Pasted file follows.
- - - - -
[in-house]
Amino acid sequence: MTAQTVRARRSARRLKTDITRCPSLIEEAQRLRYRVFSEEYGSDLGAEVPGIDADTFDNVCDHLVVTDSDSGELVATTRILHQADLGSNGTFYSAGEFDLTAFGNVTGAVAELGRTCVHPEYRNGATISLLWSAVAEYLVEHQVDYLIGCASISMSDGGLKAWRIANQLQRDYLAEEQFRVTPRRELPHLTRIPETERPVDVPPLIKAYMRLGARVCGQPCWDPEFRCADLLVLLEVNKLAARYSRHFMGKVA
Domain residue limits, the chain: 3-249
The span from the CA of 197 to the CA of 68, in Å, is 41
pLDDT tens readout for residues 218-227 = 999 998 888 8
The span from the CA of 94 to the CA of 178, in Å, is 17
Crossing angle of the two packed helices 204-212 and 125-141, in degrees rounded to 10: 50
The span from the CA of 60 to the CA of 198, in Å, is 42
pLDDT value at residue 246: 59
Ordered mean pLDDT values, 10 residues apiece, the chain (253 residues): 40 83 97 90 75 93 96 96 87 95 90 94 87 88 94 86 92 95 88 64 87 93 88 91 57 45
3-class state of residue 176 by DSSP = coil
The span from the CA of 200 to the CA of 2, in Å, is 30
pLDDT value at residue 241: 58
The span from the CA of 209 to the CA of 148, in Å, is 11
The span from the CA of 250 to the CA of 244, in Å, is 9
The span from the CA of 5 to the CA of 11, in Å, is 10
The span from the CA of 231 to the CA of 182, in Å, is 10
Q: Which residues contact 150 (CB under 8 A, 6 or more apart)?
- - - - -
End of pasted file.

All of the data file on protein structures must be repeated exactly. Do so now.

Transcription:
[in-house]
Amino acid sequence: MTAQTVRARRSARRLKTDITRCPSLIEEAQRLRYRVFSEEYGSDLGAEVPGIDADTFDNVCDHLVVTDSDSGELVATTRILHQADLGSNGTFYSAGEFDLTAFGNVTGAVAELGRTCVHPEYRNGATISLLWSAVAEYLVEHQVDYLIGCASISMSDGGLKAWRIANQLQRDYLAEEQFRVTPRRELPHLTRIPETERPVDVPPLIKAYMRLGARVCGQPCWDPEFRCADLLVLLEVNKLAARYSRHFMGKVA
Domain residue limits, the chain: 3-249
The span from the CA of 197 to the CA of 68, in Å, is 41
pLDDT tens readout for residues 218-227 = 999 998 888 8
The span from the CA of 94 to the CA of 178, in Å, is 17
Crossing angle of the two packed helices 204-212 and 125-141, in degrees rounded to 10: 50
The span from the CA of 60 to the CA of 198, in Å, is 42
pLDDT value at residue 246: 59
Ordered mean pLDDT values, 10 residues apiece, the chain (253 residues): 40 83 97 90 75 93 96 96 87 95 90 94 87 88 94 86 92 95 88 64 87 93 88 91 57 45
3-class state of residue 176 by DSSP = coil
The span from the CA of 200 to the CA of 2, in Å, is 30
pLDDT value at residue 241: 58
The span from the CA of 209 to the CA of 148, in Å, is 11
The span from the CA of 250 to the CA of 244, in Å, is 9
The span from the CA of 5 to the CA of 11, in Å, is 10
The span from the CA of 231 to the CA of 182, in Å, is 10
Q: Which residues contact 150 (CB under 8 A, 6 or more apart)?